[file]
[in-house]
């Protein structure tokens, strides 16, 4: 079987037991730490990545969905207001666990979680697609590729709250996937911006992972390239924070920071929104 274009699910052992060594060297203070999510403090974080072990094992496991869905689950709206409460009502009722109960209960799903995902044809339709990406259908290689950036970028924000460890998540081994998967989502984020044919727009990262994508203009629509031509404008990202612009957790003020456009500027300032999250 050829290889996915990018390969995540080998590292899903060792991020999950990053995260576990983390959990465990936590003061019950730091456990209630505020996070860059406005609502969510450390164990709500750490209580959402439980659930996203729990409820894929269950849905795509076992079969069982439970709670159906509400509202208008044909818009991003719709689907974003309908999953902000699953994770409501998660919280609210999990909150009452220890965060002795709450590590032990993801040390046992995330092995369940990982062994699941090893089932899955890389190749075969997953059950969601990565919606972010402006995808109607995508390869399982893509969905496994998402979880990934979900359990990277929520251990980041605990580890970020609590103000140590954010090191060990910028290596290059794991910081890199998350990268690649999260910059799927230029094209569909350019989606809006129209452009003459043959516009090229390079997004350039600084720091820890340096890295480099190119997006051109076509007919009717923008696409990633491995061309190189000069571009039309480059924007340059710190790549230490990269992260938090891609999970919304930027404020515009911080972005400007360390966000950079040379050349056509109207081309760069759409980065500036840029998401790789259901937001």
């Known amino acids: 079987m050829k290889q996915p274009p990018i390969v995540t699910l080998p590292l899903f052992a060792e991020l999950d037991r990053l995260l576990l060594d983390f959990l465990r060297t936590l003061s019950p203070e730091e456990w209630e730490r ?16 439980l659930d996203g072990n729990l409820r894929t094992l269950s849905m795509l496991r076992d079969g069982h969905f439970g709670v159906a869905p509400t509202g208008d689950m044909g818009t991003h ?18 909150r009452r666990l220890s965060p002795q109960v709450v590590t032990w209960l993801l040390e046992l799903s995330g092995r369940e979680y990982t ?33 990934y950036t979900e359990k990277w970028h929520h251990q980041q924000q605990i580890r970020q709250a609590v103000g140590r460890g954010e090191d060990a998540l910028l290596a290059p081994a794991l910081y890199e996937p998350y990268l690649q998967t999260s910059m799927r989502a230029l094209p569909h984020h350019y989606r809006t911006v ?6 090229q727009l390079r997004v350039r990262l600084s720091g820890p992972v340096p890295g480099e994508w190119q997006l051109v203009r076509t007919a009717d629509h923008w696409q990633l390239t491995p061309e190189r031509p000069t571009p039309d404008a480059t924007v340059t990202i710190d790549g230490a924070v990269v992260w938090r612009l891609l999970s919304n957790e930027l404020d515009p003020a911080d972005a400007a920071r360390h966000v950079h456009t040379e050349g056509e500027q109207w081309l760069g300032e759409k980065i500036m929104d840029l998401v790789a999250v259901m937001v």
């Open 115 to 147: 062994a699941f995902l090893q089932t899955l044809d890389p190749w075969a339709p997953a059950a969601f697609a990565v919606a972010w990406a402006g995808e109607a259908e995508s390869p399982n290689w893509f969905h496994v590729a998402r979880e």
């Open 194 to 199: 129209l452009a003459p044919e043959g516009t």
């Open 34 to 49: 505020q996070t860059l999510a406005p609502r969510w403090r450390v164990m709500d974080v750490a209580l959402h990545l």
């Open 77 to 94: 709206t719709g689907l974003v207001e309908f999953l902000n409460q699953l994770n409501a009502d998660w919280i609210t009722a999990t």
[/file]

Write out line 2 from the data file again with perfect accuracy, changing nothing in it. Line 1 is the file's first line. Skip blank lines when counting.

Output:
């Protein structure tokens, strides 16, 4: 079987037991730490990545969905207001666990979680697609590729709250996937911006992972390239924070920071929104 274009699910052992060594060297203070999510403090974080072990094992496991869905689950709206409460009502009722109960209960799903995902044809339709990406259908290689950036970028924000460890998540081994998967989502984020044919727009990262994508203009629509031509404008990202612009957790003020456009500027300032999250 050829290889996915990018390969995540080998590292899903060792991020999950990053995260576990983390959990465990936590003061019950730091456990209630505020996070860059406005609502969510450390164990709500750490209580959402439980659930996203729990409820894929269950849905795509076992079969069982439970709670159906509400509202208008044909818009991003719709689907974003309908999953902000699953994770409501998660919280609210999990909150009452220890965060002795709450590590032990993801040390046992995330092995369940990982062994699941090893089932899955890389190749075969997953059950969601990565919606972010402006995808109607995508390869399982893509969905496994998402979880990934979900359990990277929520251990980041605990580890970020609590103000140590954010090191060990910028290596290059794991910081890199998350990268690649999260910059799927230029094209569909350019989606809006129209452009003459043959516009090229390079997004350039600084720091820890340096890295480099190119997006051109076509007919009717923008696409990633491995061309190189000069571009039309480059924007340059710190790549230490990269992260938090891609999970919304930027404020515009911080972005400007360390966000950079040379050349056509109207081309760069759409980065500036840029998401790789259901937001």